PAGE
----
Posted by: Tom Triumph | January 28, 2010

72. I Write in the Laundrymat: Marcy Sheiner

One of the problems I have with students is their recognizing that writing is a normal activity, and that many people do it every day. Some come from families that hardly speak, much less write, much less write more than a laundry list. I fight the battle that to have books in your house is normal, that the book is as good as the movie, that reading needs to be practiced, and that writing is a normal activity.

Writers write. I remember in “Bird by Bird” author Anne Lamonte whimsically describing Natalie Goldberg (“Writing Down the Bones”) offering advice to… some question about writing by simply making a scribbling motion with her hand. This is like that.

I love the diarists in my class. The fantasy chroniclers and would-be novel writers that are typists. Ah, praise the texters and the emailers and instant messengers who keep the fire of written communication alive. Now, what about those writers who need to edit?! Diarrhea of the pen is delusional, and hard for kids to hear, but that’s another poem.

I found “I Write in the Laundromat” in Ariel Gore’s “How to Become a Famous Writer Before You’re Dead“, published by Three Rivers Press. It is great. I have not been a big fan of Gore’s work, but her central thesis that you write and find an audience any way you can (poetry on a t-shirt is publication! With an audience!) is inspiring. For teens, it is a revelation.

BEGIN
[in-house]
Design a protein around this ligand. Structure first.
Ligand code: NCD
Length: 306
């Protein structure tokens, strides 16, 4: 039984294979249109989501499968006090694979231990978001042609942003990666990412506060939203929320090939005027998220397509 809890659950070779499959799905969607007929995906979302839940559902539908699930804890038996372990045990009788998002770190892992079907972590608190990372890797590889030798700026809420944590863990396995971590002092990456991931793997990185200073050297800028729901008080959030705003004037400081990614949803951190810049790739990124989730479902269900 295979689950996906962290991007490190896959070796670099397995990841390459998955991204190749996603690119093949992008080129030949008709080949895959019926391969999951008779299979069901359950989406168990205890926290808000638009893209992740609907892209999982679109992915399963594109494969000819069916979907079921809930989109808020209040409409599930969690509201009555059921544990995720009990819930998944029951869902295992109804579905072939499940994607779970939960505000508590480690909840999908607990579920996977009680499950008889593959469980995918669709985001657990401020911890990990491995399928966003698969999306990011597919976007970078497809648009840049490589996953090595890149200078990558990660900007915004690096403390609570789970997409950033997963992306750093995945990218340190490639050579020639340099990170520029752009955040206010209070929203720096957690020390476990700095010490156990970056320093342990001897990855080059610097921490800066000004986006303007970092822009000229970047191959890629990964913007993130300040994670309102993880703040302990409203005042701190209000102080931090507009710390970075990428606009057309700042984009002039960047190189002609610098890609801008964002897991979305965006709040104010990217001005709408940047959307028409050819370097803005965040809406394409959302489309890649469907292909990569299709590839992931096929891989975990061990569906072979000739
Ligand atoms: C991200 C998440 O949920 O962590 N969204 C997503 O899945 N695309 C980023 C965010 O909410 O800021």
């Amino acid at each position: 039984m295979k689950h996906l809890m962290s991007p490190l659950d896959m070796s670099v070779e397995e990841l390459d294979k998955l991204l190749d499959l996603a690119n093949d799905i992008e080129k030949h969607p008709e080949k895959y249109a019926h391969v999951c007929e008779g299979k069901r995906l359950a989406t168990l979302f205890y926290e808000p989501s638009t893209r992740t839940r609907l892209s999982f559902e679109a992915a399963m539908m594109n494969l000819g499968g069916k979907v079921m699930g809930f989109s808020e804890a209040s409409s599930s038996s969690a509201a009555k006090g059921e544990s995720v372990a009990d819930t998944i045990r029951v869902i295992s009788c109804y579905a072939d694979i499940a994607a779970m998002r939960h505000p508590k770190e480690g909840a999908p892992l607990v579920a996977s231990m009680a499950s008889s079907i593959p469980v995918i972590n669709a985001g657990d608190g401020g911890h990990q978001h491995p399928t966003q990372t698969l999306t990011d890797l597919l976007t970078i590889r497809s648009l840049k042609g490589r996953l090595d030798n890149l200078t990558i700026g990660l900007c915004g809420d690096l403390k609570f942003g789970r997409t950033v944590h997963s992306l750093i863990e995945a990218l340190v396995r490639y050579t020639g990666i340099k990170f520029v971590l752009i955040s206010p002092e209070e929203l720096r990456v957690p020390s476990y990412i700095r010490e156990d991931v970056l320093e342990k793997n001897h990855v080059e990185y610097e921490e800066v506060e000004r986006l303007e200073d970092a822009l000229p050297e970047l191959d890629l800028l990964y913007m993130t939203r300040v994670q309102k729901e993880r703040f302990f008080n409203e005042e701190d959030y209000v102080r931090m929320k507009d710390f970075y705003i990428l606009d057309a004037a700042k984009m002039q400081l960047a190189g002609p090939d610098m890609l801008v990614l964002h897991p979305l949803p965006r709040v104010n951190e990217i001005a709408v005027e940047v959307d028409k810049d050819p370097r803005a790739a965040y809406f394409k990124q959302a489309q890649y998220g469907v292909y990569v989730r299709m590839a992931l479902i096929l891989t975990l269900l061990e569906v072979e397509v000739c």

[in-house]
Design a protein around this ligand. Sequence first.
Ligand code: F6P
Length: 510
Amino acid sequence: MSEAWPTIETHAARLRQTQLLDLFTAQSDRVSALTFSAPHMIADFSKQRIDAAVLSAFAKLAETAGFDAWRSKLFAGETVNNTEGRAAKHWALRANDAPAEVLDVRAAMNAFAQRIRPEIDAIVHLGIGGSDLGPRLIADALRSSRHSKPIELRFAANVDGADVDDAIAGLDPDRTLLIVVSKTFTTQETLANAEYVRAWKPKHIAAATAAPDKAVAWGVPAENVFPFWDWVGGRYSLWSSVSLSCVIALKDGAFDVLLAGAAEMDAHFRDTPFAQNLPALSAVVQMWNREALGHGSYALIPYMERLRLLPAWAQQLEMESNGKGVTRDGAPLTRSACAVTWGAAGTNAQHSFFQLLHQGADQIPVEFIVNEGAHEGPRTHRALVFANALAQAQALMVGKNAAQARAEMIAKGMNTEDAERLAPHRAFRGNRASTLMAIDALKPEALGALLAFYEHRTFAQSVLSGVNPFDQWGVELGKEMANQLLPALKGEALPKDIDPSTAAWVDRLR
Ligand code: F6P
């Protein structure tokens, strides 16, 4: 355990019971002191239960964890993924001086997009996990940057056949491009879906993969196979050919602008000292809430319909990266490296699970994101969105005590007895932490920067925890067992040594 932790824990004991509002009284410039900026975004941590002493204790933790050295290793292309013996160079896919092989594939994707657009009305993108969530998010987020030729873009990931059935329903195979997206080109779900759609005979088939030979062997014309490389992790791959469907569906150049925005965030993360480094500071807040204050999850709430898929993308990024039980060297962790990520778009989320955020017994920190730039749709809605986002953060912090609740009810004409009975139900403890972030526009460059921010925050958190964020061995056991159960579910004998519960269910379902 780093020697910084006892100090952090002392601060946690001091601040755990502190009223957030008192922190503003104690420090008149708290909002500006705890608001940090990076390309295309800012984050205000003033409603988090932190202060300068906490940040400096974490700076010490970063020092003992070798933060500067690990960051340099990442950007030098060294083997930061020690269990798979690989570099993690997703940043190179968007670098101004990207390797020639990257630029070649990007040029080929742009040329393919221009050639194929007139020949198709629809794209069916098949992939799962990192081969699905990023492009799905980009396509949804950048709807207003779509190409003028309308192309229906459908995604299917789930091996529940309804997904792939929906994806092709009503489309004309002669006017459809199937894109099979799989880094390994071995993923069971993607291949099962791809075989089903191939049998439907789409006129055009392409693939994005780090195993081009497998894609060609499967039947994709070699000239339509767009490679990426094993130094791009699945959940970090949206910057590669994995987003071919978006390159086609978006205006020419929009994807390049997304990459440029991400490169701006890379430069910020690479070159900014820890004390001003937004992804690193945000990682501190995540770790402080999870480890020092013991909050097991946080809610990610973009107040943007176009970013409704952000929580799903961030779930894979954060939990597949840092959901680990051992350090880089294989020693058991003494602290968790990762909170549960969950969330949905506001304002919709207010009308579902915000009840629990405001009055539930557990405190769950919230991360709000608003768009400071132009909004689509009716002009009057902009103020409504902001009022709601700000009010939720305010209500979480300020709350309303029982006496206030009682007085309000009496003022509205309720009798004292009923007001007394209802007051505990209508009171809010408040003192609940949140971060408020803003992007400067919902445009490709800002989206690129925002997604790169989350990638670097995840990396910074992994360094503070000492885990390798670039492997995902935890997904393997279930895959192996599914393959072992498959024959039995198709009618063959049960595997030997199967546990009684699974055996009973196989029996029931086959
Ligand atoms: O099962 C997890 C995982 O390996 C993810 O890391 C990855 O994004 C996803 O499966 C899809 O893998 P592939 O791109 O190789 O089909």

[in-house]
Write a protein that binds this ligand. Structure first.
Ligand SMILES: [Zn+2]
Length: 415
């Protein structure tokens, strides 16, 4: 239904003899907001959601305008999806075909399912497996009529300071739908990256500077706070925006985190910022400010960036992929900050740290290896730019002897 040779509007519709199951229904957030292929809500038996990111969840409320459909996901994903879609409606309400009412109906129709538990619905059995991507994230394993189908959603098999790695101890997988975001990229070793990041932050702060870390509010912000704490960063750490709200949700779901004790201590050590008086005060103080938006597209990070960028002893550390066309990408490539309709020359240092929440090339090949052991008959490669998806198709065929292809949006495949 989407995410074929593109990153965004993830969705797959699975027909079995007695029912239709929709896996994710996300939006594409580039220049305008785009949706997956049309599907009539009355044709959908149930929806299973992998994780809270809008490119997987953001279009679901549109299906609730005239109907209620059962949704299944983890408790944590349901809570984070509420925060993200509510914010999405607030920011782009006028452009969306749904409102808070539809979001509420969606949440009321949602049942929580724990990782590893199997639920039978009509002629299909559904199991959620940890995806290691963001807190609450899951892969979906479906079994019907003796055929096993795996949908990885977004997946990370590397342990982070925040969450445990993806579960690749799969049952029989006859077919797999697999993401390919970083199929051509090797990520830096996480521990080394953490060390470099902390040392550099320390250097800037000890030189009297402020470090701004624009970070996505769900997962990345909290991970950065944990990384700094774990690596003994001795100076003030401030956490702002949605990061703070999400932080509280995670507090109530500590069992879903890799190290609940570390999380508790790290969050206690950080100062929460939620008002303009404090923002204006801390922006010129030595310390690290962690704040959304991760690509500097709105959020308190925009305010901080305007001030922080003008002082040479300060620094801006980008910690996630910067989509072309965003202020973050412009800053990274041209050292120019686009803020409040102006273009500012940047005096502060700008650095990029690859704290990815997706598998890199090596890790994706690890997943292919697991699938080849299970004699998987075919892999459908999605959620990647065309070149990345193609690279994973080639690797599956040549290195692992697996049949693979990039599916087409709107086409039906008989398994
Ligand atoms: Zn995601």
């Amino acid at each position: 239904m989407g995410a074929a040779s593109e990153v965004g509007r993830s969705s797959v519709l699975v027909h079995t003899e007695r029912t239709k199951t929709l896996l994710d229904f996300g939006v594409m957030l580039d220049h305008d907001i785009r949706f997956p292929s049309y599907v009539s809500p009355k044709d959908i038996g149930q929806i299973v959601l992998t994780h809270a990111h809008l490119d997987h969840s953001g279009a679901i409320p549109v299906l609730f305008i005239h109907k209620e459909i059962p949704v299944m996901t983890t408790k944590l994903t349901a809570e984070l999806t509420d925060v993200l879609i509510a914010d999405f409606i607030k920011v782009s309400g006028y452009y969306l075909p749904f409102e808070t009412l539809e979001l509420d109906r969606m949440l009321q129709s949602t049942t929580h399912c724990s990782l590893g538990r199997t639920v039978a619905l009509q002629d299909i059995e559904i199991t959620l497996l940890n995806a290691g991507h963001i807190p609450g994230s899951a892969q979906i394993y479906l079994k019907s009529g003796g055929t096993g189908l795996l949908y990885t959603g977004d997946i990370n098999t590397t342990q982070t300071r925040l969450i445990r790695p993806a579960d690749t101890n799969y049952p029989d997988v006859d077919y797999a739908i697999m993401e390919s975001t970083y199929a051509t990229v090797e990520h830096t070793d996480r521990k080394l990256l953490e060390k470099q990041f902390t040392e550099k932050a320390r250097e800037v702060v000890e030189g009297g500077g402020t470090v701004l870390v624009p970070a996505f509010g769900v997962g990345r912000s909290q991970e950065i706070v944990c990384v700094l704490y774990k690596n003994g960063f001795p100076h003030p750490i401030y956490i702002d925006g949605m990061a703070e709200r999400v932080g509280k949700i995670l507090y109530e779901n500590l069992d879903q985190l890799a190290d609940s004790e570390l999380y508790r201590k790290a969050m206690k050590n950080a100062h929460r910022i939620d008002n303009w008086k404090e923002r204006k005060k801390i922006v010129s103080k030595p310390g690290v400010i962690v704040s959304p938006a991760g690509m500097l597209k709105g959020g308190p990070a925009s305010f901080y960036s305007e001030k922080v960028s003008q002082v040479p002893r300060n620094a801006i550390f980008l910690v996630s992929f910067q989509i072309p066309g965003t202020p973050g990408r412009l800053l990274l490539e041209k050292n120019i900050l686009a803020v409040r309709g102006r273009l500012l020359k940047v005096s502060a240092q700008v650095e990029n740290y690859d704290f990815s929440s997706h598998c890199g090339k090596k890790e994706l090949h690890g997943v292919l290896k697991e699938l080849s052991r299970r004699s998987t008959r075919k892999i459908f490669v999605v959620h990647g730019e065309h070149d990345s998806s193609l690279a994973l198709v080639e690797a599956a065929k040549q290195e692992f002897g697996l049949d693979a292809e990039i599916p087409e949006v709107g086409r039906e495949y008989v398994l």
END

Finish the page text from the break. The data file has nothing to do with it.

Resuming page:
I Write in the Laundromat
Marcy Sheiner

I write in the Laundromat.
I am a woman
and between wash & dry cycles
I write.

I write while the beans soak
and with children’s voices in my ear
I spell out words for scrabble
while I am writing.

I write as I drive to the office
where I type a man’s letters
and when he goes to lunch
I write.

When the kids go out the door
on Saturday I write
and while the frozen dinners thaw
I write.

I write on the toilet
and in the bathtub
and when I appear to be talking
I am often writing.

I write in the Laundromat
while the kids soak
with scrabble ears
and beans in the office
and frozen toilets
and in the car
between wash and dry.

And your words
and my words
and her words
and their words
and I am a woman
and I write in the Laundromat.

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Responses

  1. I’m delighted to find my poem on your site…and a very interesting site it is!


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